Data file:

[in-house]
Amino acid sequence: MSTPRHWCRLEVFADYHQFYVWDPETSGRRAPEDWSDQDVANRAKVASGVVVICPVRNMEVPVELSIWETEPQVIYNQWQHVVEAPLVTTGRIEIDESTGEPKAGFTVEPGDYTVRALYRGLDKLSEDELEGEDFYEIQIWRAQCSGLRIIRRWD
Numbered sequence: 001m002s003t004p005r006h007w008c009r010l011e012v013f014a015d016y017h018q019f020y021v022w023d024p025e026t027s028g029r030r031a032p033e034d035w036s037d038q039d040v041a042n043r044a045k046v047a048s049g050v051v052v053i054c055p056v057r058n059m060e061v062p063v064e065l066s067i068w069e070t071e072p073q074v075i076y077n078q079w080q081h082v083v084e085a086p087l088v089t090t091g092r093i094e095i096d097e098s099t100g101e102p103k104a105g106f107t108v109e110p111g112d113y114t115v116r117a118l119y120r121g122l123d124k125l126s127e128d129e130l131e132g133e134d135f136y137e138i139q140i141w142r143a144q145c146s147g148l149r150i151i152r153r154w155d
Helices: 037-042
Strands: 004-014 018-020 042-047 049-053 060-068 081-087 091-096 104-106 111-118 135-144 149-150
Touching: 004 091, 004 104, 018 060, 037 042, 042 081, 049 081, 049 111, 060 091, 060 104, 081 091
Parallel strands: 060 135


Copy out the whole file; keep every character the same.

[in-house]
Amino acid sequence: MSTPRHWCRLEVFADYHQFYVWDPETSGRRAPEDWSDQDVANRAKVASGVVVICPVRNMEVPVELSIWETEPQVIYNQWQHVVEAPLVTTGRIEIDESTGEPKAGFTVEPGDYTVRALYRGLDKLSEDELEGEDFYEIQIWRAQCSGLRIIRRWD
Numbered sequence: 001m002s003t004p005r006h007w008c009r010l011e012v013f014a015d016y017h018q019f020y021v022w023d024p025e026t027s028g029r030r031a032p033e034d035w036s037d038q039d040v041a042n043r044a045k046v047a048s049g050v051v052v053i054c055p056v057r058n059m060e061v062p063v064e065l066s067i068w069e070t071e072p073q074v075i076y077n078q079w080q081h082v083v084e085a086p087l088v089t090t091g092r093i094e095i096d097e098s099t100g101e102p103k104a105g106f107t108v109e110p111g112d113y114t115v116r117a118l119y120r121g122l123d124k125l126s127e128d129e130l131e132g133e134d135f136y137e138i139q140i141w142r143a144q145c146s147g148l149r150i151i152r153r154w155d
Helices: 037-042
Strands: 004-014 018-020 042-047 049-053 060-068 081-087 091-096 104-106 111-118 135-144 149-150
Touching: 004 091, 004 104, 018 060, 037 042, 042 081, 049 081, 049 111, 060 091, 060 104, 081 091
Parallel strands: 060 135